It seems fitting that arguably the most dominant athlete in Eugene this year is Eugene…Wong, that is. Few have racked up the credentials and dominance in Eugene that has been exhibited by Oregon’s men’s golfer Eugene Wong. The senior from North Vancouver, BC has performed this year for the Oregon men’s golf team at levels that draw few parallels in Pac-10/12 history.
Oregon was ranked on the fringe of the top-25 to begin the season. Today, they finish the season ranked as the sixth best team in the nation. While there is no “I” in team, there is a much needed Eugene in this one.
Wong cemented his astonishing four-year career as a Duck on April 29th at the Pac-12 Championship in Corvallis. His high level of play is something that has not only been dominant, but extremely consistent throughout his time at Oregon.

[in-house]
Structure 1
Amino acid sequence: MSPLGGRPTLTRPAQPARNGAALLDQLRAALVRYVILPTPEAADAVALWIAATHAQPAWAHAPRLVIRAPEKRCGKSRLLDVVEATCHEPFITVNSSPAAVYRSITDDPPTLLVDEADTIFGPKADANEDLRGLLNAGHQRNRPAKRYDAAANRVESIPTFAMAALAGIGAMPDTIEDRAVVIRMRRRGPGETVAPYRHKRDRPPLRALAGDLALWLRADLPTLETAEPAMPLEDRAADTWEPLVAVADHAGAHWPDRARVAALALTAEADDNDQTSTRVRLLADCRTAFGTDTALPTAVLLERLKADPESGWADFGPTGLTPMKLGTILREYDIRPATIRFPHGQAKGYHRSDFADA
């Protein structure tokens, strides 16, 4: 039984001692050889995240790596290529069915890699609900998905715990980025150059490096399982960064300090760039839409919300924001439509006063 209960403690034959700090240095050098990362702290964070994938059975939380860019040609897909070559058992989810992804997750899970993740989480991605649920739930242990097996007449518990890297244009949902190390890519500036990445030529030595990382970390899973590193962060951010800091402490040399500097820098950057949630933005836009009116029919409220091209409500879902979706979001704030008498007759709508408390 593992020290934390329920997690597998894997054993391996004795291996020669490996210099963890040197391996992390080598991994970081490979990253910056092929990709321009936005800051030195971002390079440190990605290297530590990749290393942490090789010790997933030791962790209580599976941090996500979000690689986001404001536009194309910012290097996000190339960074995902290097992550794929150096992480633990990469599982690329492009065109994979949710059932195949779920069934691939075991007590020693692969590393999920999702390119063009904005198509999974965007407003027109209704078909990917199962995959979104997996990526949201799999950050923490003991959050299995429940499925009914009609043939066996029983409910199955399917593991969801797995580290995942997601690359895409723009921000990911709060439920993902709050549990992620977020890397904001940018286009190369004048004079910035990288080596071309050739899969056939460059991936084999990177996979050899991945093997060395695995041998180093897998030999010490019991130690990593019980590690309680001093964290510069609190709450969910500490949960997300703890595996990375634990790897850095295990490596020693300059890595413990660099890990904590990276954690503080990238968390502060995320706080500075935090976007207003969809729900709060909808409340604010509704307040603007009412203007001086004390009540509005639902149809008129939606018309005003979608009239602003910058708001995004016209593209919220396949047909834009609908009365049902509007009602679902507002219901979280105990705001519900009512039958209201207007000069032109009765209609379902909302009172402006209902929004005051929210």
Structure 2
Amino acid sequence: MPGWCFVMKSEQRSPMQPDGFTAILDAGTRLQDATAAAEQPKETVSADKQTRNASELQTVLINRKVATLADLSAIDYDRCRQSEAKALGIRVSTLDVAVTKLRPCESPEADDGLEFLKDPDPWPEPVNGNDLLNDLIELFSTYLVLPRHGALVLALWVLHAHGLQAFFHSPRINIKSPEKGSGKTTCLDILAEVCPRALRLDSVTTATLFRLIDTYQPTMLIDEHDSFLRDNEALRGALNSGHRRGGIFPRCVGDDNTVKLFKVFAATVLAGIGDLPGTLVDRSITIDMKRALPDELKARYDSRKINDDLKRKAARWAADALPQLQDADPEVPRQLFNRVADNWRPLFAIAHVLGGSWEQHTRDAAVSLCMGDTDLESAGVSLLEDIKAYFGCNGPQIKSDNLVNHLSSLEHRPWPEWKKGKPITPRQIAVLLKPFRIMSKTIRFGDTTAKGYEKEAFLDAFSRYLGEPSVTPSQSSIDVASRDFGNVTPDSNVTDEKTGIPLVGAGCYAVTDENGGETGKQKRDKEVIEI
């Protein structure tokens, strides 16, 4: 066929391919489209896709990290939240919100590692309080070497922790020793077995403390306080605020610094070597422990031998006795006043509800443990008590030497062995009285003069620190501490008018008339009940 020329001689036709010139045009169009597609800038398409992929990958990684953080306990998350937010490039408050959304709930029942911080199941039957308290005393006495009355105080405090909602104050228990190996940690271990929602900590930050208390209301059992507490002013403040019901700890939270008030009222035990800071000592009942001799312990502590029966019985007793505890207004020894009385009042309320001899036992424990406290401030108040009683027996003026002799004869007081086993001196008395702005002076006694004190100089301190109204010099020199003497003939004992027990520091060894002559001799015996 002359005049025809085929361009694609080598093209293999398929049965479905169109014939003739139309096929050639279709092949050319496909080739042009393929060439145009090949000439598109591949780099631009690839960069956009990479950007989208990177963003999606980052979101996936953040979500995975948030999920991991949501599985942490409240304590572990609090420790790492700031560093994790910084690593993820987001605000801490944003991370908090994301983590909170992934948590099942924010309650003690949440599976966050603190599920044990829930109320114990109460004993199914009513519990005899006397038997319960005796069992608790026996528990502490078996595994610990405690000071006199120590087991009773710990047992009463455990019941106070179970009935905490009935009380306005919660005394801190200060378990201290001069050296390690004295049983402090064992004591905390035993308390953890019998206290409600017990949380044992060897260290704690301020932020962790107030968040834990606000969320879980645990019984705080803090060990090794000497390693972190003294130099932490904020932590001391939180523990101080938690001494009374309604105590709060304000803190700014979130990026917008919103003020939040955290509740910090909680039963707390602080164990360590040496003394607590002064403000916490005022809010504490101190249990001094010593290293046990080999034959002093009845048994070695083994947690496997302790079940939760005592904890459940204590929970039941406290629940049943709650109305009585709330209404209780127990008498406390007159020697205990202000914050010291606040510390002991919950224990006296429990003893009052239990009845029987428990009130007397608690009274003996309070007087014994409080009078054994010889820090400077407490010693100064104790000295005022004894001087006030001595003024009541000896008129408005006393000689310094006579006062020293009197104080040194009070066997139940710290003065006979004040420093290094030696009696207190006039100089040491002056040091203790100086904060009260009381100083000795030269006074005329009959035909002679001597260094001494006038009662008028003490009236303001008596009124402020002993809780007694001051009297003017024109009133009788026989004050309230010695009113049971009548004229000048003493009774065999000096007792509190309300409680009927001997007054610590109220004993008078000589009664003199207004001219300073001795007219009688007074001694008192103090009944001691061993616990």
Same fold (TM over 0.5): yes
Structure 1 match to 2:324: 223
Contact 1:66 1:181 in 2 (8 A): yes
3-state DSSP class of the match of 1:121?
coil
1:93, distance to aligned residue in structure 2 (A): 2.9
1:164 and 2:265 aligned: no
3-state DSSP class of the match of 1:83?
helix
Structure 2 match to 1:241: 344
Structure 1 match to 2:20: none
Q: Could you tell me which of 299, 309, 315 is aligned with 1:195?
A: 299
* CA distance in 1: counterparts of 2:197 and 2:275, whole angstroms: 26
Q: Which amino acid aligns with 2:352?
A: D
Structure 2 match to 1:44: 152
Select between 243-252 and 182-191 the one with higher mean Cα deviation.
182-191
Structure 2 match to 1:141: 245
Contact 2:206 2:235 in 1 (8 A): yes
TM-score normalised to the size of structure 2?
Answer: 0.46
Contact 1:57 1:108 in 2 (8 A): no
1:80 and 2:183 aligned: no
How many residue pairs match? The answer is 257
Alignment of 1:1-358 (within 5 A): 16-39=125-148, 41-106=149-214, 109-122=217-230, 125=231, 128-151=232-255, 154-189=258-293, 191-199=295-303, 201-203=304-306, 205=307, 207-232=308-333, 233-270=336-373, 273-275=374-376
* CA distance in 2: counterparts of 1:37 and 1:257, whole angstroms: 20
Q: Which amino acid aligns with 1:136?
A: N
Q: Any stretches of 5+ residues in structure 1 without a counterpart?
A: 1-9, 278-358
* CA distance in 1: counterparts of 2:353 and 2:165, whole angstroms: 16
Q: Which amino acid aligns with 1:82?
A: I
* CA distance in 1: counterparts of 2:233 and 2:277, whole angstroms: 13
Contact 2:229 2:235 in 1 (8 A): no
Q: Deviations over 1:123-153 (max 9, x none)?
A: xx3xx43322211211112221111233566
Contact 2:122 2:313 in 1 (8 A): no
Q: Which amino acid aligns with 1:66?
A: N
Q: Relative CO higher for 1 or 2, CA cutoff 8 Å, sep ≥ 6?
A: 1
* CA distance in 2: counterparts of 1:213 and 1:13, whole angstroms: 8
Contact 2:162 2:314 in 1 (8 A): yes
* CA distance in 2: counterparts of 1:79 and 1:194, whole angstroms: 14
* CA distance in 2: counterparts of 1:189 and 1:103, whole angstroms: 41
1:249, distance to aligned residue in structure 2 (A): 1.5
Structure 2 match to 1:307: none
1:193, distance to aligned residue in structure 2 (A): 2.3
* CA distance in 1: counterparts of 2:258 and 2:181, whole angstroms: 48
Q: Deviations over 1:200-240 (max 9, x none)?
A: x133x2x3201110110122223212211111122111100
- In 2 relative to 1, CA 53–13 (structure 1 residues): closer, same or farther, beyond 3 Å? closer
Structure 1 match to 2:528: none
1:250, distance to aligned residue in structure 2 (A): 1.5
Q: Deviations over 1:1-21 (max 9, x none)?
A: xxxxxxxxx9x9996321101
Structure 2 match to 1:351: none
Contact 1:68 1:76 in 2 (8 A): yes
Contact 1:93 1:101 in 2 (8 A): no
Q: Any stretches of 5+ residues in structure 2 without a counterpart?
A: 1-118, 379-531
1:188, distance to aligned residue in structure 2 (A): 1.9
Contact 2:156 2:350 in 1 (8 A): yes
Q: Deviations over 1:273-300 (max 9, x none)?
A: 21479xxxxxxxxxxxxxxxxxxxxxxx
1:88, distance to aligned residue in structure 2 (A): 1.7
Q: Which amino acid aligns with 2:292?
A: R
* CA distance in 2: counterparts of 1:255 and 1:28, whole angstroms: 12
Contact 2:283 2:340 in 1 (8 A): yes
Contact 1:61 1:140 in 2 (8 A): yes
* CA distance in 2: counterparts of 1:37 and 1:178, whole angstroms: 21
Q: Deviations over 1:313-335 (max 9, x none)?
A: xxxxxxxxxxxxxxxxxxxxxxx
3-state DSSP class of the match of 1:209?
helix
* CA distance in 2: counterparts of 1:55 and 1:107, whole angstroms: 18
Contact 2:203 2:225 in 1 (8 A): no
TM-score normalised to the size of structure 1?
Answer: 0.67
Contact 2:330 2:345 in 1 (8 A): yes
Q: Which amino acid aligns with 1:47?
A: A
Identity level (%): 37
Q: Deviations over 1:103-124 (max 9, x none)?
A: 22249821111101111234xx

As a freshman on the UO golf team (2008-2009), he earned an all-Pac-10 honorable mention selection and was one three freshmen ranked among the top-three golfers on the team. Wong led Oregon at the season-opening OSU Giustina Memorial, where he matched fellow freshman Robbie Ziegler for the low score on the team (70-72-71-213) en route to a tie for fourth in the tournament. To cap a remarkable freshman year, Wong became just the 10th golfer in program history to card a 65 or lower.